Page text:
Why do we struggle in the beginning

If you're learning something new and you’re frustrated because you think you’re not good enough then you're not alone. It's normal.

Akash Bhadange's photo
Akash Bhadange
·Jan 5, 2022·

3 min read

Why do we struggle in the beginning

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Whenever you start something new, for example, writing, coding, designing, or any other creative process, you are absolutely optimistic and excited about it in the beginning. You are full of positivity. You know you can finish what you started.

Then after some weeks or months, you start struggling. You start questioning your process and progress. You think you are not good enough. And it starts building frustration and anxiety. You reach a breaking point, where you want to quit. Many people do quit at this point. And start with something else. I call them hobby hoppers. One year they start learning to play guitar, next they hop on to cooking and then painting and so on. But they cannot master any of it. I was also one of them 🙈.

But when it’s about up-skilling yourself like learning a new coding language, new design tool, writing, communicating, etc. Sometimes these skills can make or break your career. Then quitting is not an option.

But let me tell you that this is totally normal! This is just a phase that can be passed on by practicing your new skill. By being consistent and resilient. Let me tell you why and what exactly it is:

The Taste

It’s an initial phase. This is the most stimulating one. Because you are doing nothing in this phase apart from building your taste for a new skill. For example, you want to start a YouTube channel. What do you do? You go to YouTube and start watching high production quality videos of some notable YouTubers. Amazing lighting, camera setup, crisp audio, effortless speaking.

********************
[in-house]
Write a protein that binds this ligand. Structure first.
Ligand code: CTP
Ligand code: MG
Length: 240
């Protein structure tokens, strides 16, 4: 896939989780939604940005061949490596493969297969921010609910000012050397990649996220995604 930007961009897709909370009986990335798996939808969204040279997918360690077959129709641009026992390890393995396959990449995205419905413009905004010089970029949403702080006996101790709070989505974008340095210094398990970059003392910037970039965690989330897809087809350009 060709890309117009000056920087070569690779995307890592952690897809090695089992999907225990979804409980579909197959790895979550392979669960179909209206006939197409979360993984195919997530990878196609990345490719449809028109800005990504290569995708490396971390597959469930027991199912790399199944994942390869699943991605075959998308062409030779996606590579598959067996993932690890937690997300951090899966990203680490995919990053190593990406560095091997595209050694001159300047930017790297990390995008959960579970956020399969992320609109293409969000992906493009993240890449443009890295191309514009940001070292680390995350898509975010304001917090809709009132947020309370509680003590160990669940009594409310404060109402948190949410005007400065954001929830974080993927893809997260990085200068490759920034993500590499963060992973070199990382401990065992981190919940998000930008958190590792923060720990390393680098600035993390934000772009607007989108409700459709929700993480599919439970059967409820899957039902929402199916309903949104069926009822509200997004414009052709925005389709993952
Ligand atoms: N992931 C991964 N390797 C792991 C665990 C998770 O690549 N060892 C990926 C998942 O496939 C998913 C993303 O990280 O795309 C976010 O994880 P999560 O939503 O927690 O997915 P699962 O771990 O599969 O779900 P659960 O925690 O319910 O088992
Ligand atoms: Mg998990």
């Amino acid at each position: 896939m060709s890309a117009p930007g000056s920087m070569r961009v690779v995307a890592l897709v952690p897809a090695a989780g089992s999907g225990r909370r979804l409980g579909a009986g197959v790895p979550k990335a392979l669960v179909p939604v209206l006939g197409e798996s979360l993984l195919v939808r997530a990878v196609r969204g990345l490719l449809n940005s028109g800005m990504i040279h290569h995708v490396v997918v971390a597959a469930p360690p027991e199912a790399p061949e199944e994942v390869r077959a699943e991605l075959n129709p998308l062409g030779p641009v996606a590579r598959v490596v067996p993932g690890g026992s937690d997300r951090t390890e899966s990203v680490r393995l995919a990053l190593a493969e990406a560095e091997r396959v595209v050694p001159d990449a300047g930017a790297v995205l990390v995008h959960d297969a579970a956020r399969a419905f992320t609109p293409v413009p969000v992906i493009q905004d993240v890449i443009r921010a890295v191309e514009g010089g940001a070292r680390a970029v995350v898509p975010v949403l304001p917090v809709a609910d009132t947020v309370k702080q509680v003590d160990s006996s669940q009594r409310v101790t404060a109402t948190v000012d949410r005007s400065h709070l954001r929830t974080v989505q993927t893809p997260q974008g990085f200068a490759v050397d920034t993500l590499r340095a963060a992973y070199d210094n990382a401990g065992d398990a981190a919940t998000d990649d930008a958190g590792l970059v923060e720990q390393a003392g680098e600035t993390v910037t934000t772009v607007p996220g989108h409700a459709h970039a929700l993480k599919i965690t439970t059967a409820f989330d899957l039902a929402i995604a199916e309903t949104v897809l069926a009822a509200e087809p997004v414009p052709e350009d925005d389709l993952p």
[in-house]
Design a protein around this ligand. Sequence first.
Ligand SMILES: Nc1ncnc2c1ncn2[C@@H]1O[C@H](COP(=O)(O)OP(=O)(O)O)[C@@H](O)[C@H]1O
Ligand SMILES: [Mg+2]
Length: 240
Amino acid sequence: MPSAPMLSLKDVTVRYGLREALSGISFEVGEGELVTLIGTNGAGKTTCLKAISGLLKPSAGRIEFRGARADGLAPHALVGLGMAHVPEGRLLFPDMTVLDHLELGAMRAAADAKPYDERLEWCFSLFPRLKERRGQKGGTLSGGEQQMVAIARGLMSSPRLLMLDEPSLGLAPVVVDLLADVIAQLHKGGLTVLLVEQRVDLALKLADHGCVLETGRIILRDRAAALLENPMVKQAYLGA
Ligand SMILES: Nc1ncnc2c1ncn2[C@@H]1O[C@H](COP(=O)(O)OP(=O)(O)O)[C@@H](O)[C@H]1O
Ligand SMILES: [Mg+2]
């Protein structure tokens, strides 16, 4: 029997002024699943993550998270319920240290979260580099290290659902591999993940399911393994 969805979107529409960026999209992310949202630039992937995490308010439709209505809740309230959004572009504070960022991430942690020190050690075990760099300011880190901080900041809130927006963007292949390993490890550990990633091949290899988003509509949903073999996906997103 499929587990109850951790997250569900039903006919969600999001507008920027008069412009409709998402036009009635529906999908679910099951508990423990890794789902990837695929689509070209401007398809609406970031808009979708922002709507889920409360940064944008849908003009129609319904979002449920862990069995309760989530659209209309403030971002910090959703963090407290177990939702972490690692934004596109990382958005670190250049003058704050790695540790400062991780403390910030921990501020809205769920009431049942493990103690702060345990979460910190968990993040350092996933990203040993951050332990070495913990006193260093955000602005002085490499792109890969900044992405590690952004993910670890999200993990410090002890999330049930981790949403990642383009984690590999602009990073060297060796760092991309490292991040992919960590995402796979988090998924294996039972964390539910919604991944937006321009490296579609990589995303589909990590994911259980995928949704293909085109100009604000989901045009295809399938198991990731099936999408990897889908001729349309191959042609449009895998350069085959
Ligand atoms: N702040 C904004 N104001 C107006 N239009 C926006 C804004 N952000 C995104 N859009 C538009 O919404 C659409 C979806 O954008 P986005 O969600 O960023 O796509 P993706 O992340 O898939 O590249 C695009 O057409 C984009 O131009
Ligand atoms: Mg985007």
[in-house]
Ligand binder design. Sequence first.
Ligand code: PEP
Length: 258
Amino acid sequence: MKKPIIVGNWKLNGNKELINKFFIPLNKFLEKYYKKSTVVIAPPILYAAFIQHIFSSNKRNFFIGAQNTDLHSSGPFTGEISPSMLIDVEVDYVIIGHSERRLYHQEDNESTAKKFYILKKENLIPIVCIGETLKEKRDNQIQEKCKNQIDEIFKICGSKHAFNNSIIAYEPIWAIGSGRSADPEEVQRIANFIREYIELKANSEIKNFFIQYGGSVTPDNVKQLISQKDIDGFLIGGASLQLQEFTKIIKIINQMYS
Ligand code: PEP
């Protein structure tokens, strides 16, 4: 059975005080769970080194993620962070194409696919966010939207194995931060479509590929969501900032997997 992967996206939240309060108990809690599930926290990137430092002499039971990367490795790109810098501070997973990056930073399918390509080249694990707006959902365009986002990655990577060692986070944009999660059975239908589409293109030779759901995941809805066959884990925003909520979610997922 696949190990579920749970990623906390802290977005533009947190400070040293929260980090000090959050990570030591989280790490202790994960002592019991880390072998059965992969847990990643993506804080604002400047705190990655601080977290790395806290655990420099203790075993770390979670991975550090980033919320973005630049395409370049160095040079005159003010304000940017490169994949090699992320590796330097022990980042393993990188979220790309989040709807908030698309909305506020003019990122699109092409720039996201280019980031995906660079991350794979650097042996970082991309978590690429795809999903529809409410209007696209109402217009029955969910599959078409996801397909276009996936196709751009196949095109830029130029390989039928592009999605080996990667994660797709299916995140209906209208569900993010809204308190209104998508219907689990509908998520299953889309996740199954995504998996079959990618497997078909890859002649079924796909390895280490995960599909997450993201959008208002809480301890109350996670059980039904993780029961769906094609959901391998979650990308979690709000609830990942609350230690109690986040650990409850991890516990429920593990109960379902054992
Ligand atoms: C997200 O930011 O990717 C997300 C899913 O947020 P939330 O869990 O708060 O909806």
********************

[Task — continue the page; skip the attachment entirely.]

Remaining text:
After watching hundreds of hours of content you can distinctly tell the best quality videos because now you have developed the taste.

The Talent

Now you’re highly motivated and start learning and creating your videos. You spend months sharpening your video production skills. You accurately follow the tutorials of color grading your videos but it just doesn’t match. You record yourself talking in front of the camera but you hate your voice (everyone hates their own voice by the way). You start getting frustrated and start thinking of quitting. You think you will never be able to reach there. You never achieve that highest quality outcome. You know what you’re creating is not at all good. Do you know why this happens?

Taste <> Talent Gap

Why do we struggle in the beginning

Because your taste knows that what you are creating is not very good. You’re disappointed. This happens because of the gap between your taste and your talent.

A lot of people can’t pass this phase. Most of them quit. Everyone you know who is successful today has gone through this phase. They knew they are falling short. Their work was disappointing because it wasn’t matching with their taste. But they could pass that phase only by producing a continuous amount of work. By keep practicing the craft. You will be able to reduce that gap between your taste and talent over a period of time.

If you’re going through this phase then please please just keep doing what you’re doing. The phase could last for weeks or months. But don’t quit. Keep producing the work. Keep publishing that article or a newsletter every week or month. Keep doing that #100daysofcode or #dailydesignchallenge. This will only make you better and better.


The taste-talent gap concept was first tossed by Ira Glass. He is a host and executive producer of the popular National Public Radio show, This American Life.

I highly recommend you to watch this video:

Video credit: Daniel Sax

 
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